The long-running controversy over Iran’s nuclear program flared up again this week after French Foreign Minister Bernard Kouchner warned that Europe had to “prepare for the worst”, namely war with Iran. Kouchner now says he was misinterpreted, and that “Everything should be done to avoid war”, but the damage was done.

Superficially, it looks as if there’s no reason for conflict on the issue. Europe and the United States both confine their objections to the threat of nuclear weapons, while Iran insists, as it has all along, that it only wants nuclear enrichment for power generation. If they’re both telling the truth, resort to war should never appear on the agenda.

The problem is that each side has good reasons for distrusting the other. In the case of Iran’s intentions, that’s fairly obvious; President Mahmoud Ahmadinejad, with his Holocaust denial and his talk of wiping Israel from the map, is not a figure to inspire confidence. But it’s also not unreasonable for Iran to suspect that the West is targeting the entire program, aiming to deny it the right to use nuclear technology for peaceful purposes.

Consider John Bolton, the Bush administration’s former ambassador to the UN, who told Lateline last night that “a nuclear-capable Iran” and its “control over the nuclear fuel cycle” – terms that are ambiguous enough to suggest an agenda beyond just weapons production. Not surprisingly, he strongly endorsed Kouchner’s reference to military action, and indeed seemed keen for it to begin as soon as possible.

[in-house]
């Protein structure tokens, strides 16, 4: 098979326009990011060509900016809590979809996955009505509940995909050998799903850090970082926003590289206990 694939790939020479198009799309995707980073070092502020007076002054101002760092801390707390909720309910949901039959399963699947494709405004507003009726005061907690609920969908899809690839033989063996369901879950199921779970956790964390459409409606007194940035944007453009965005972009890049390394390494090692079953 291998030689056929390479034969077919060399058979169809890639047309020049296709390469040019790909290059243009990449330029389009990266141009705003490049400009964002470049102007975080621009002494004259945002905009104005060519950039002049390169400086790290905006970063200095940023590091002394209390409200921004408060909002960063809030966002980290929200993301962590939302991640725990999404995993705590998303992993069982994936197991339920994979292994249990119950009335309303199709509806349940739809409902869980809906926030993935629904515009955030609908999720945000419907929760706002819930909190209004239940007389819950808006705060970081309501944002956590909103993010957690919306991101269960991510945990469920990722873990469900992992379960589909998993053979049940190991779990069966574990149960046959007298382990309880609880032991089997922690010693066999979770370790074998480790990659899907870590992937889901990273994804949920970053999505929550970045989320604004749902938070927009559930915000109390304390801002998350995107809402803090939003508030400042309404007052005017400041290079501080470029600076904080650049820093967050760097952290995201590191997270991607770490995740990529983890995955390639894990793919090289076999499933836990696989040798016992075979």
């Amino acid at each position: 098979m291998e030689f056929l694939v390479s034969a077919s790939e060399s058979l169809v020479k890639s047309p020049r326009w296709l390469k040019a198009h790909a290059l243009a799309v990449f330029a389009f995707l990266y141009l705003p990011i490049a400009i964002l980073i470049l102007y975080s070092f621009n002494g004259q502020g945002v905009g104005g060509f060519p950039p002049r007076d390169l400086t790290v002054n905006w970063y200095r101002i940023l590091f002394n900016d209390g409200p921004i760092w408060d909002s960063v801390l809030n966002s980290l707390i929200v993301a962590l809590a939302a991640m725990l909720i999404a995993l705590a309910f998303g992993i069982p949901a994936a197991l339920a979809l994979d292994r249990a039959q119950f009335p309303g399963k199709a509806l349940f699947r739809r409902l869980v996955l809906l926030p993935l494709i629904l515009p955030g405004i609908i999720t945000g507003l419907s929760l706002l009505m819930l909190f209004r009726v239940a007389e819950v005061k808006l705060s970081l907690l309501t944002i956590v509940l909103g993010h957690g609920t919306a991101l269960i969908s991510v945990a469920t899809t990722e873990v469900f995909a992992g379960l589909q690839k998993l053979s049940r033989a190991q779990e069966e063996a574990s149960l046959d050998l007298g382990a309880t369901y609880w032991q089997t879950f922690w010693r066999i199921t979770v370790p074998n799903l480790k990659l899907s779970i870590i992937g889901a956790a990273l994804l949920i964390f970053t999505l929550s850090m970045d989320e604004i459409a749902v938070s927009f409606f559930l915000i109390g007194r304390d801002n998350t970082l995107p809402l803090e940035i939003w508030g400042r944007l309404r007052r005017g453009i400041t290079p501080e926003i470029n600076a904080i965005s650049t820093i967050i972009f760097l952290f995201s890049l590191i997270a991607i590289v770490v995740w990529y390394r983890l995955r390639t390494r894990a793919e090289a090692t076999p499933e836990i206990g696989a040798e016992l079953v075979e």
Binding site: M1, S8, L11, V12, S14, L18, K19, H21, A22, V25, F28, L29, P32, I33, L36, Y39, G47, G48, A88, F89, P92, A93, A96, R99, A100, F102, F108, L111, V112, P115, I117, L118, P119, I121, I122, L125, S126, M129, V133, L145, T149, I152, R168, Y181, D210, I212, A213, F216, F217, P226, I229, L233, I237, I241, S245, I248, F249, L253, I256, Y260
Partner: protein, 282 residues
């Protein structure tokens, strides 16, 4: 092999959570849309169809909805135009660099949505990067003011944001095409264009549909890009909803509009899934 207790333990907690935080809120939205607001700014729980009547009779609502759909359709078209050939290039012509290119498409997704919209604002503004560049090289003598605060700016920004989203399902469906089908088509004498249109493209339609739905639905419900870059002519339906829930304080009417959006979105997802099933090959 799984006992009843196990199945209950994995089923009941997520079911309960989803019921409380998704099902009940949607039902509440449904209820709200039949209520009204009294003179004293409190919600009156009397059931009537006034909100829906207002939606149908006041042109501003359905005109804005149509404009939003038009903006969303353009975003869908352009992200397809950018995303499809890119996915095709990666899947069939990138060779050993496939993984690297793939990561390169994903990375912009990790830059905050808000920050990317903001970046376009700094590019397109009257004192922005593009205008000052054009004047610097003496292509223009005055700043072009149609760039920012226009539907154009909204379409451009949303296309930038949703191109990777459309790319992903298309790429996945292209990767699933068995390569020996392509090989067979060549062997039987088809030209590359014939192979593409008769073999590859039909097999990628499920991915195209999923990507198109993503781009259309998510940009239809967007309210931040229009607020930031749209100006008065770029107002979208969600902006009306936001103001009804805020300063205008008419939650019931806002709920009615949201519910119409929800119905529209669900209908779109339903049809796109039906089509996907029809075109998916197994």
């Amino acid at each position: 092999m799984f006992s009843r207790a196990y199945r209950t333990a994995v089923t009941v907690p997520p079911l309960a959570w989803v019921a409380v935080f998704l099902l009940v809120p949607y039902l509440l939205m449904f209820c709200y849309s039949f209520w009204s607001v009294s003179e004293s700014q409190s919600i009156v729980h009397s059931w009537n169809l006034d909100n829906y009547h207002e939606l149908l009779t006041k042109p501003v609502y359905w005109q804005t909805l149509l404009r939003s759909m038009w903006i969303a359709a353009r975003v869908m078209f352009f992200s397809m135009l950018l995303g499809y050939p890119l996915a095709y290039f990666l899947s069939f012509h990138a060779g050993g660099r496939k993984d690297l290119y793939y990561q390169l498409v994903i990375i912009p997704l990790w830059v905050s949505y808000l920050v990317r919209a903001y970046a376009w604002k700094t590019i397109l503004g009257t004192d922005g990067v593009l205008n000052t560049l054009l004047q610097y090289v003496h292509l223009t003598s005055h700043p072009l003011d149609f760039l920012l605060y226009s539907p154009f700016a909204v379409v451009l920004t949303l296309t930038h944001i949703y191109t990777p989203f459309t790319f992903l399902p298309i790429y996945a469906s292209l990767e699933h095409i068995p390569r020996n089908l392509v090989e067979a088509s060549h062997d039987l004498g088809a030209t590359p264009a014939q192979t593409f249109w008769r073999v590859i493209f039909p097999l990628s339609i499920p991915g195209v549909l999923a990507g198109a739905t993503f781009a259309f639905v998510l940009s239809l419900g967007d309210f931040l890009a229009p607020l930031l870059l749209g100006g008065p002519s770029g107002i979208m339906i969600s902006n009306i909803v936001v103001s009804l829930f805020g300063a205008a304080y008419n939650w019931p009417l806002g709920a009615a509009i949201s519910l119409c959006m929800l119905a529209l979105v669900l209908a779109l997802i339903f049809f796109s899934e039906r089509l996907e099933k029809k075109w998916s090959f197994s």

Of course Bolton is entitled to his opinion, although one might wonder at the ABC so uncritically giving him a platform. But the problem is that these things have a tendency to get out of hand, as the world discovered with the Iraq war.

War talk is newsworthy; peace talk is not. While threats may have a role to play in diplomacy, they can become self-fulfilling, and governments find that the momentum they have created forces them to make good on their threats or lose credibility – something that a more restrained approach in the first place might have avoided.

Bolton and his allies seem to have learned nothing from the Iraq experience. The repeated assertion that Iran has a nuclear weapons program parallels the equally widespread assertion that Iraq had weapons of mass destruction. The latter turned out to be false; at the very least we should require some hard evidence before accepting that the former is true.

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Peter Fray
Peter Fray
Editor-in-chief of Crikey
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